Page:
Here's a couple of other thoughts on morels. They go mighty well with buttered noodles (just saute the morels in butter while noodles are boiling; drain noodles, pour morels and butter atop noodles, add a bit of salt and pepper, and dig in.
Morel and wild rice soup, made with half-and-half or, if you don't mind calories, cream, is mighty fine fixin's.
If you are fortunate enough to find a great many, they can be dehydrated quite nicely. Just reconstitute for use with noodles or in soup.
Jim Casada
www.jimcasadaoutdoors.com (http://www.jimcasadaoutdoors.com)
P. S. I'm sure there are other morel recipes in one of the cookbooks my wife and I wrote, Wild Bounty, but the suggestions above are off the top of my head.

woody55
03-25-2012, 08:19 PM
Madison I agree with you and Paula. I must say I am a northern person and there are many times I find the comments made from the locals in your area very rude. If you guys think you have seen mushrooms, go to Montana where I have seen them as large as a baseball hat, many that size.
In earlier post from last year I have seen many people state they will no longer vist this site. You can include me in this category. However I will continue to support Little River since I have visited their facility as far back as their first shop. At that time is was a little building at the other end of town. If I need to gain information on your area I will visit Little river and ask them for advice.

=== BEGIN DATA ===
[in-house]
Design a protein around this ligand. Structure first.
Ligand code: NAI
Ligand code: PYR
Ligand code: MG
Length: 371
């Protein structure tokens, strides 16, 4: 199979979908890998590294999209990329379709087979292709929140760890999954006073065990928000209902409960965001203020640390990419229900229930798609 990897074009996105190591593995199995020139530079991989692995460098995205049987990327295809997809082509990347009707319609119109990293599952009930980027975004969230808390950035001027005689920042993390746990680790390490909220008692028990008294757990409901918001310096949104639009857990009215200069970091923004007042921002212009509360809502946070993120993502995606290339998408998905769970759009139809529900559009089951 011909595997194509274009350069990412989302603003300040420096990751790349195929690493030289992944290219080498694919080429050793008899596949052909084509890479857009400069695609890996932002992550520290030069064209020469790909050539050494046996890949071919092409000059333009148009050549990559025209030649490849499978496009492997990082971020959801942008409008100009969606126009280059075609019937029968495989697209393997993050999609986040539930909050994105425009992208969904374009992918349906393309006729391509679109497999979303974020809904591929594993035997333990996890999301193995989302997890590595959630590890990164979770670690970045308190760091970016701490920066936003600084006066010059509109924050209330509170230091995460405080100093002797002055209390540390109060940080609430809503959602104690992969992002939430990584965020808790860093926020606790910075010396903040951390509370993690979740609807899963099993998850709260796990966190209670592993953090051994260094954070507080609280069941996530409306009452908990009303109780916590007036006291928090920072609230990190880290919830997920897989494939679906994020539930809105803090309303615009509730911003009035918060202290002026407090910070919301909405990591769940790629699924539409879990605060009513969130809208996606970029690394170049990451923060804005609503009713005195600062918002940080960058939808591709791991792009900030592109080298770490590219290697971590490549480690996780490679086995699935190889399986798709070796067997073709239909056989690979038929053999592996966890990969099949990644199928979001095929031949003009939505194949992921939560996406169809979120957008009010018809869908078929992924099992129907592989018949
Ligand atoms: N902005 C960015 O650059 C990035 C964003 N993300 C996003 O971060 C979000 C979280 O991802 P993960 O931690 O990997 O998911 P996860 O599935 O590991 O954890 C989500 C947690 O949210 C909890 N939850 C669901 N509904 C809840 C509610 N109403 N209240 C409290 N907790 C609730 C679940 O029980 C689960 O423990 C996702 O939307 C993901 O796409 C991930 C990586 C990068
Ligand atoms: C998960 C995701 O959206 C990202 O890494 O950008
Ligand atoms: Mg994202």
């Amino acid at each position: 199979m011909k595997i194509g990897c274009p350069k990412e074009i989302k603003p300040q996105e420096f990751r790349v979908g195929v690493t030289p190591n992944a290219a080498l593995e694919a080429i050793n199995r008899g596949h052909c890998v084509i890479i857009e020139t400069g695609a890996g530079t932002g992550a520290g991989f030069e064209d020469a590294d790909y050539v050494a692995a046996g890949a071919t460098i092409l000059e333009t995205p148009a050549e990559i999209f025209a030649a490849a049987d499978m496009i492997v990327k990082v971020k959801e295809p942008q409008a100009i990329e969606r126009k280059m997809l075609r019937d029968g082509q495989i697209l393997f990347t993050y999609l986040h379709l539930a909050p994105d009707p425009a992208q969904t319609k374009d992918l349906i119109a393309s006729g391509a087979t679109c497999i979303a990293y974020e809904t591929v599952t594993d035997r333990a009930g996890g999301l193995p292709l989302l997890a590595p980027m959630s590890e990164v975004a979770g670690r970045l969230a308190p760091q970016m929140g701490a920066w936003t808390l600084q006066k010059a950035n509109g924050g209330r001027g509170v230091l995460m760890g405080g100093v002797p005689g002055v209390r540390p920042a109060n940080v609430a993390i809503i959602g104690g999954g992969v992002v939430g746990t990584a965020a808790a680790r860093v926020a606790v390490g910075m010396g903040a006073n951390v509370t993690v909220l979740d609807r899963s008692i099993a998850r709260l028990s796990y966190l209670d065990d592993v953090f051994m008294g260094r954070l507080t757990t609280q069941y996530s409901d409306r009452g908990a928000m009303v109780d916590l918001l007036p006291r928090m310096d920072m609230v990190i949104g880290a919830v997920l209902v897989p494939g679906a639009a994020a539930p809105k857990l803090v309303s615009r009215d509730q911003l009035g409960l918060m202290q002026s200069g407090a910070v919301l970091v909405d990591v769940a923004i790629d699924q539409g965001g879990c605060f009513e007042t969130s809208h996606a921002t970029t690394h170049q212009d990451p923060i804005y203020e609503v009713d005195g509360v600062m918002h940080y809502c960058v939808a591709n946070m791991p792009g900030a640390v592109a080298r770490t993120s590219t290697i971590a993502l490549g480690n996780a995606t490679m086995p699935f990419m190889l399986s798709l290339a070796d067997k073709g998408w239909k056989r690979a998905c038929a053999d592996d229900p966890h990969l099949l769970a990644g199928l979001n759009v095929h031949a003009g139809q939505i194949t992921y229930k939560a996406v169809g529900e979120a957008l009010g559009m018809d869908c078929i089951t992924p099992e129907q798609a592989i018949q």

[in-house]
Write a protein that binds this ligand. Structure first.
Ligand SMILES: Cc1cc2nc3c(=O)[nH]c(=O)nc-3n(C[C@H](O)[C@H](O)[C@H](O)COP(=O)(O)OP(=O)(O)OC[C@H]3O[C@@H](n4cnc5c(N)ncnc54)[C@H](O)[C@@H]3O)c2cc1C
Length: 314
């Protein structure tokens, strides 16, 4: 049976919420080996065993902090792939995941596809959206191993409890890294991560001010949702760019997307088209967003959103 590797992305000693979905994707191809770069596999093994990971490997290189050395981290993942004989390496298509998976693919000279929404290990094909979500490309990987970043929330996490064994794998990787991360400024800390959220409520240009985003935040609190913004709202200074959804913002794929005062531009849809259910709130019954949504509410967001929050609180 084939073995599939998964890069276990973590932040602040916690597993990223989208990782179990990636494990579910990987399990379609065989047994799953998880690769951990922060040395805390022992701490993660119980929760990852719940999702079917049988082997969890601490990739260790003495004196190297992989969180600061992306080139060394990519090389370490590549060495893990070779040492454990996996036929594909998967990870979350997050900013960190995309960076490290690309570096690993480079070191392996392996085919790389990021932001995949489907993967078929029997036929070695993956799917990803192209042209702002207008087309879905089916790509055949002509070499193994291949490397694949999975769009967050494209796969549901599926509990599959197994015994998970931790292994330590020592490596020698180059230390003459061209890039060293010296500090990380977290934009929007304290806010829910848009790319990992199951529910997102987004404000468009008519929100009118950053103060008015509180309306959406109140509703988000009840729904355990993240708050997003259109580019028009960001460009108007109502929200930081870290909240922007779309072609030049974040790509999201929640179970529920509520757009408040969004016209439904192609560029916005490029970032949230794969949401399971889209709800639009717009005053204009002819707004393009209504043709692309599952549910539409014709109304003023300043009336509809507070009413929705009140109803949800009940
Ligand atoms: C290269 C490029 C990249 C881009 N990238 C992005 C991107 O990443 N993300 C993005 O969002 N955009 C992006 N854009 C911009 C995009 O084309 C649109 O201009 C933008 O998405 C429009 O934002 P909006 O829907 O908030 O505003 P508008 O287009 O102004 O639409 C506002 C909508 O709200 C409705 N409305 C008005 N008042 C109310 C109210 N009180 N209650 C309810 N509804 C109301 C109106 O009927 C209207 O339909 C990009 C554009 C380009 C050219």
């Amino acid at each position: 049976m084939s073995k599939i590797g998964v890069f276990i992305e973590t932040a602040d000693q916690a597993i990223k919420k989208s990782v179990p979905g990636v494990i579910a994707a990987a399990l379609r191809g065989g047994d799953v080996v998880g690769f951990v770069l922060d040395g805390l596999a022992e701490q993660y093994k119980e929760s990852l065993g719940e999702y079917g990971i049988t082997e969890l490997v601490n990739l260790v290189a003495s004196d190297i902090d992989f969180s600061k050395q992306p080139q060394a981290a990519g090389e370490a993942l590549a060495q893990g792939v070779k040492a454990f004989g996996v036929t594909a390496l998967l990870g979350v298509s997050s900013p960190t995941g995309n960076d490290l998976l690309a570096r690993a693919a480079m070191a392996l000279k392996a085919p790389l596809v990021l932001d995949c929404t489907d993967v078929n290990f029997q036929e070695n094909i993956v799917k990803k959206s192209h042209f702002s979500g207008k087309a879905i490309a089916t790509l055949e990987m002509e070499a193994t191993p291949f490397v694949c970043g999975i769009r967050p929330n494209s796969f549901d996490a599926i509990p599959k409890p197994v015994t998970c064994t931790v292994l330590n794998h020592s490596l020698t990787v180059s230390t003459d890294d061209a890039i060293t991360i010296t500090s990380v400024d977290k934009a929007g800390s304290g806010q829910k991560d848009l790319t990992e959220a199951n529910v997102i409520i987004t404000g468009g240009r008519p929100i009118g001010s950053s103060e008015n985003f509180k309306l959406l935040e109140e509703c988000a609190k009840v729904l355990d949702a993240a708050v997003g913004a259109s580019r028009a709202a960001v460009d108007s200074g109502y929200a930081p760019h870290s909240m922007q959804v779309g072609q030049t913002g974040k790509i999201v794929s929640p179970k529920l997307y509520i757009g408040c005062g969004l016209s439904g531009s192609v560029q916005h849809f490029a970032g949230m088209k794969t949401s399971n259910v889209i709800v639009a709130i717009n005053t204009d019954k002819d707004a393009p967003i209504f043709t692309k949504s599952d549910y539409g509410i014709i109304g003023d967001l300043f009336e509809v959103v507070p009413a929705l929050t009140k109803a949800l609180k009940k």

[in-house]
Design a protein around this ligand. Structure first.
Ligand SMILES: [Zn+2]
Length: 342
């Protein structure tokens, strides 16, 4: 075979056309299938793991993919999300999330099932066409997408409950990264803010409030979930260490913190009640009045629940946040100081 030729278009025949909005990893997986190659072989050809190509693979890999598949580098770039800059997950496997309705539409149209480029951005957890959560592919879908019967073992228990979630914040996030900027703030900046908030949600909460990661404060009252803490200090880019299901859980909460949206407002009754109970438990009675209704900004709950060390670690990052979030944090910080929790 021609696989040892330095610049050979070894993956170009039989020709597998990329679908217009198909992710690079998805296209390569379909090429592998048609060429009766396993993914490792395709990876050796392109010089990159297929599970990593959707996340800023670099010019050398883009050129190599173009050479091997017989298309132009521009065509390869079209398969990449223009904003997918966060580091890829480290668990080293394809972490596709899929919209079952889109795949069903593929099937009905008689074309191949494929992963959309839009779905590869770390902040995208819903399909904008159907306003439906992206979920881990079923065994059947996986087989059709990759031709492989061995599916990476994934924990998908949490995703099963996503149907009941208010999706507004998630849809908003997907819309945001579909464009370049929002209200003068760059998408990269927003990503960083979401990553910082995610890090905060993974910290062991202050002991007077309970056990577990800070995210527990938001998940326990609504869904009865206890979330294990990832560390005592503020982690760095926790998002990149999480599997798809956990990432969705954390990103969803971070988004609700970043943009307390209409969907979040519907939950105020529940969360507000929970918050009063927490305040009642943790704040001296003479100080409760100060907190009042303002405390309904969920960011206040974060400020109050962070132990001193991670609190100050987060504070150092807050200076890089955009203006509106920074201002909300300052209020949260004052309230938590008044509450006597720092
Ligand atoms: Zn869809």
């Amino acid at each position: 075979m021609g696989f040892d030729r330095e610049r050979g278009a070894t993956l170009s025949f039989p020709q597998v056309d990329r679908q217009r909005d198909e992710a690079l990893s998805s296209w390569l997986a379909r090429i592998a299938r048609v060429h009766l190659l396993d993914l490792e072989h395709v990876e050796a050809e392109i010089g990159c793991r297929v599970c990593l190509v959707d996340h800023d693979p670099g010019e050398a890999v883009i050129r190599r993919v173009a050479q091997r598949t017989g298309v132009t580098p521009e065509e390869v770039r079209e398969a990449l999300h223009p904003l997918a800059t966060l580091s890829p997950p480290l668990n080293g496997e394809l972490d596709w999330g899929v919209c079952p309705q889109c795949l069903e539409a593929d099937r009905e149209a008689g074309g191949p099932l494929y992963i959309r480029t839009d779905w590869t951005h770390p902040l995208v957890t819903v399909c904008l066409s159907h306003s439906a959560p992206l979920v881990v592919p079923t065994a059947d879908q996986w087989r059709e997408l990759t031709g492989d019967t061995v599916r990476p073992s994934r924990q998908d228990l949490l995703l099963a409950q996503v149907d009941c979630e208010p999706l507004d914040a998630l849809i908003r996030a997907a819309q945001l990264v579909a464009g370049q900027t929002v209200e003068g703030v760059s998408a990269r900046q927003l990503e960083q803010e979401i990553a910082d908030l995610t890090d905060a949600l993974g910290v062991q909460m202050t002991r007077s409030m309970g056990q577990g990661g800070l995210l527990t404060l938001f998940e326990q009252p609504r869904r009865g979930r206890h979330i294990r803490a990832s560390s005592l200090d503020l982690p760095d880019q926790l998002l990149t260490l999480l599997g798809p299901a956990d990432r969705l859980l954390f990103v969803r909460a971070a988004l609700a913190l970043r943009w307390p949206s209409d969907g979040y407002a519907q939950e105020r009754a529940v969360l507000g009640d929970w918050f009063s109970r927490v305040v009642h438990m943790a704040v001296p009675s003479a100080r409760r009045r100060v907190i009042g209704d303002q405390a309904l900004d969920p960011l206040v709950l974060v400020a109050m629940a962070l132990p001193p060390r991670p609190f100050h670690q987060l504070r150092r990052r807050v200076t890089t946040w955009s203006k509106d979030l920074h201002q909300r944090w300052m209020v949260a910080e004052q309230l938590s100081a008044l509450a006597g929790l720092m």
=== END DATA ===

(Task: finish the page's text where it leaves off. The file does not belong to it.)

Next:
On the last trip to the Smokies my wife and i found so called fly fisher people that crowded in and were very rude. So much for understanding the rules of ettiquette.
Little river, take away my access to this site.

Paula Begley
03-25-2012, 09:30 PM
Woody55, this board is for all people to share...who are interested in information, fly fishing and friendship. We strive here, just as in our shop, to provide a place where all of you can come together in an environment that reflects those goals.

While we make every attempt to maintain this forum free from angst, anger and discord, that isn't possible to do completely. We entrust you, our customers, friends and board members to remain civil with each other...in the spirit in which we provide this space.

I cannot begin to tell you how it pains me to see someone, anyone, declare they are finished here. This is why we ask you, all of you, to refrain from any comments that if, said to/about you, would be offensive.

Paula

p.s.: Morels are like jewels of the forest...anyone who has eaten one has been enriched. I'll hope more people discover them, and I'll also hope that the divine nature that brings them to us will increase the bounty of them for us all.

buzzmcmanus
03-26-2012, 09:25 AM
Breck,

There's no reason to limit your fungi foraging to morels.
http://i165.photobucket.com/albums/u51/buzzmcmanus/IMAG0240.jpg

We've also got:

Bearded tooths (or is it teeth)
http://i165.photobucket.com/albums/u51/buzzmcmanus/Mushrooms/IMAG0117.jpg

Oysters
http://i165.photobucket.com/albums/u51/buzzmcmanus/oystermushrooms.jpg

And Chickens
http://i165.photobucket.com/albums/u51/buzzmcmanus/DSCN6508.jpg

I'd also once found a cauliflower mushroom, but I was deer hunting in Catoosa and was a million miles from nowhere and didn't think it would survive a day in my backpack.

All of the above mushrooms are edible and delicious. The bearded tooth is my favorite. Sliced 1/4" thick, rolled in a corn meal/flour mix, and it tastes just like a real delicate fish.